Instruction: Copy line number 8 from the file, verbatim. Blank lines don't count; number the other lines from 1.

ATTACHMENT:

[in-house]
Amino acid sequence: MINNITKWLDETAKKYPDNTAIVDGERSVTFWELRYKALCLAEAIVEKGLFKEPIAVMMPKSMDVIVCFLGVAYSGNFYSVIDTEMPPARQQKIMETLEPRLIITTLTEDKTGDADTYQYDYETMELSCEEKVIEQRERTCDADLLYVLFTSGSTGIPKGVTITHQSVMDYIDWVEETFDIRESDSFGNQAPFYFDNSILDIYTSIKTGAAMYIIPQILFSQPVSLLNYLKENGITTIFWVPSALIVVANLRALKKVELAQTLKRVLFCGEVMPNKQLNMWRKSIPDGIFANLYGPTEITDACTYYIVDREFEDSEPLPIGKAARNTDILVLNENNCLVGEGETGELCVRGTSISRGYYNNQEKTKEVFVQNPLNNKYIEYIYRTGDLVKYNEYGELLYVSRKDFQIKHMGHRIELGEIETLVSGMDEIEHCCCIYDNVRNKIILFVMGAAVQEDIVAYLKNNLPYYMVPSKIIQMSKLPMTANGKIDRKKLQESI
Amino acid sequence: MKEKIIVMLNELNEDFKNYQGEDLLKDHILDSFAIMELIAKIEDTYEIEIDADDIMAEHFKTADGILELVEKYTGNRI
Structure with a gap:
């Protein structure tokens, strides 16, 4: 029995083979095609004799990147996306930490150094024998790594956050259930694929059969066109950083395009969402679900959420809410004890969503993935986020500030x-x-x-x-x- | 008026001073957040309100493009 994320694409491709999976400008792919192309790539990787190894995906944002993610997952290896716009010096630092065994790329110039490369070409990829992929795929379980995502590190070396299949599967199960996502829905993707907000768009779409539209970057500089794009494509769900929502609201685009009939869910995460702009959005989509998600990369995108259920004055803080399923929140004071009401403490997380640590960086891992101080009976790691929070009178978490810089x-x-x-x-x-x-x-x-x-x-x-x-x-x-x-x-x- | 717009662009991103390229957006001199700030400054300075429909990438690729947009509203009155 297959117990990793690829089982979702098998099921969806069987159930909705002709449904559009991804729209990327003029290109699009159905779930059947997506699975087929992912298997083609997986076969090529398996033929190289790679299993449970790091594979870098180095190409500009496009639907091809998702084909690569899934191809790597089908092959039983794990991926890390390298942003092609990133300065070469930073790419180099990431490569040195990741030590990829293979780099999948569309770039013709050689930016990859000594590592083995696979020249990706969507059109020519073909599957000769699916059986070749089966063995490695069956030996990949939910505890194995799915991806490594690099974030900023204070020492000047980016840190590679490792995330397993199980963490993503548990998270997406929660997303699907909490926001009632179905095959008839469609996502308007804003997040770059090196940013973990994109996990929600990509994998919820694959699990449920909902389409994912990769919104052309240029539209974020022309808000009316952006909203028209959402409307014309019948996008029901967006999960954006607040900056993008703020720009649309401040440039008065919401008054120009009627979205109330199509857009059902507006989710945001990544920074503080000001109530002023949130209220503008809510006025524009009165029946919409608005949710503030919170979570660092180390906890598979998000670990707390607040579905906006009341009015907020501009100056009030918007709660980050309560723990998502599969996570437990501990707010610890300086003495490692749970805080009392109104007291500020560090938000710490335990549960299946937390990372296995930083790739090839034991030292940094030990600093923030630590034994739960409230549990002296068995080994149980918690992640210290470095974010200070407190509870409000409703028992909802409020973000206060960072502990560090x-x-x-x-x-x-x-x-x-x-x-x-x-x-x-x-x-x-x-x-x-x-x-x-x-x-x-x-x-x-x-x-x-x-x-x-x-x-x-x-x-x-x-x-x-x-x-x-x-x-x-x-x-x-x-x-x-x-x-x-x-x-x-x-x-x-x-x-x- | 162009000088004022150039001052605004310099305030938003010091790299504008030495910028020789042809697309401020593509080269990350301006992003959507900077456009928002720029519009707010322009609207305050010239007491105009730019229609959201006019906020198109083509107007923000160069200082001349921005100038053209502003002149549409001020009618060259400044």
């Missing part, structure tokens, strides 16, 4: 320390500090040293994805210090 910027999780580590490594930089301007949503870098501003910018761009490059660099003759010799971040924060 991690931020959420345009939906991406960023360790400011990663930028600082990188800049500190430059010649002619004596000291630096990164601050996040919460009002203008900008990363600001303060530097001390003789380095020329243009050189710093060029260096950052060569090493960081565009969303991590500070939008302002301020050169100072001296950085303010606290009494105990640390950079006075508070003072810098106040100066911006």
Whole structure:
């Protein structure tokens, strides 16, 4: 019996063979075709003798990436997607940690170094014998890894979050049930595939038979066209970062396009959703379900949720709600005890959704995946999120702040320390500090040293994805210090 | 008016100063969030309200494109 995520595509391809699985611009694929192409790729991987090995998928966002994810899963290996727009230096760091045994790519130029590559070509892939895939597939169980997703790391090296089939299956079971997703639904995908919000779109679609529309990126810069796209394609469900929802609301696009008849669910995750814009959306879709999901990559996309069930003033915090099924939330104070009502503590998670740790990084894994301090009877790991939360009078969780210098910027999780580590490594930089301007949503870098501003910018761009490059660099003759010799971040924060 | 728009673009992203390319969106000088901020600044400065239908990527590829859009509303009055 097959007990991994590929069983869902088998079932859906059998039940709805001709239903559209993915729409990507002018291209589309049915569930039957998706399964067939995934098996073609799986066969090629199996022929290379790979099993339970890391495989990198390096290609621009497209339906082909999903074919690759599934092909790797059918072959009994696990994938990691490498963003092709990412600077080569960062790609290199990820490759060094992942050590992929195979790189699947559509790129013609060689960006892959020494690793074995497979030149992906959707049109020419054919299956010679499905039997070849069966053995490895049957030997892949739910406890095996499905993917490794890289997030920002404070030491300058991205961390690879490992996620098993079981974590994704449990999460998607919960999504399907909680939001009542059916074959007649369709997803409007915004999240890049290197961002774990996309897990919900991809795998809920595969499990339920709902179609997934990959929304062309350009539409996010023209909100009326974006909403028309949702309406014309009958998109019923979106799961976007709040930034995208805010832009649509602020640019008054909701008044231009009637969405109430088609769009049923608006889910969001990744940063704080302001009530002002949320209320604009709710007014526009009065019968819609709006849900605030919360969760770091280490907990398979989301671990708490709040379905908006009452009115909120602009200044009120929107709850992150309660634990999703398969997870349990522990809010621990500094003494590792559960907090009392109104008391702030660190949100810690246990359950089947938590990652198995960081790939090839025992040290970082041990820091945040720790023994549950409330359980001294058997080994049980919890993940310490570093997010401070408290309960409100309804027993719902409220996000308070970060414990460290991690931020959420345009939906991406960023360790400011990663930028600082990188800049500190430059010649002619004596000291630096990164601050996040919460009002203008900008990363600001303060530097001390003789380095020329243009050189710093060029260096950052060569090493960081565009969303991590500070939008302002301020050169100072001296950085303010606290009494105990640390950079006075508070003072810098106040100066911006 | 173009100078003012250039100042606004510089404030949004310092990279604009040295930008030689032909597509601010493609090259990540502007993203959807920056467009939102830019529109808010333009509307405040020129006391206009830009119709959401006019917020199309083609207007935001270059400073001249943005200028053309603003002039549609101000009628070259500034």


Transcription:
């Protein structure tokens, strides 16, 4: 019996063979075709003798990436997607940690170094014998890894979050049930595939038979066209970062396009959703379900949720709600005890959704995946999120702040320390500090040293994805210090 | 008016100063969030309200494109 995520595509391809699985611009694929192409790729991987090995998928966002994810899963290996727009230096760091045994790519130029590559070509892939895939597939169980997703790391090296089939299956079971997703639904995908919000779109679609529309990126810069796209394609469900929802609301696009008849669910995750814009959306879709999901990559996309069930003033915090099924939330104070009502503590998670740790990084894994301090009877790991939360009078969780210098910027999780580590490594930089301007949503870098501003910018761009490059660099003759010799971040924060 | 728009673009992203390319969106000088901020600044400065239908990527590829859009509303009055 097959007990991994590929069983869902088998079932859906059998039940709805001709239903559209993915729409990507002018291209589309049915569930039957998706399964067939995934098996073609799986066969090629199996022929290379790979099993339970890391495989990198390096290609621009497209339906082909999903074919690759599934092909790797059918072959009994696990994938990691490498963003092709990412600077080569960062790609290199990820490759060094992942050590992929195979790189699947559509790129013609060689960006892959020494690793074995497979030149992906959707049109020419054919299956010679499905039997070849069966053995490895049957030997892949739910406890095996499905993917490794890289997030920002404070030491300058991205961390690879490992996620098993079981974590994704449990999460998607919960999504399907909680939001009542059916074959007649369709997803409007915004999240890049290197961002774990996309897990919900991809795998809920595969499990339920709902179609997934990959929304062309350009539409996010023209909100009326974006909403028309949702309406014309009958998109019923979106799961976007709040930034995208805010832009649509602020640019008054909701008044231009009637969405109430088609769009049923608006889910969001990744940063704080302001009530002002949320209320604009709710007014526009009065019968819609709006849900605030919360969760770091280490907990398979989301671990708490709040379905908006009452009115909120602009200044009120929107709850992150309660634990999703398969997870349990522990809010621990500094003494590792559960907090009392109104008391702030660190949100810690246990359950089947938590990652198995960081790939090839025992040290970082041990820091945040720790023994549950409330359980001294058997080994049980919890993940310490570093997010401070408290309960409100309804027993719902409220996000308070970060414990460290991690931020959420345009939906991406960023360790400011990663930028600082990188800049500190430059010649002619004596000291630096990164601050996040919460009002203008900008990363600001303060530097001390003789380095020329243009050189710093060029260096950052060569090493960081565009969303991590500070939008302002301020050169100072001296950085303010606290009494105990640390950079006075508070003072810098106040100066911006 | 173009100078003012250039100042606004510089404030949004310092990279604009040295930008030689032909597509601010493609090259990540502007993203959807920056467009939102830019529109808010333009509307405040020129006391206009830009119709959401006019917020199309083609207007935001270059400073001249943005200028053309603003002039549609101000009628070259500034």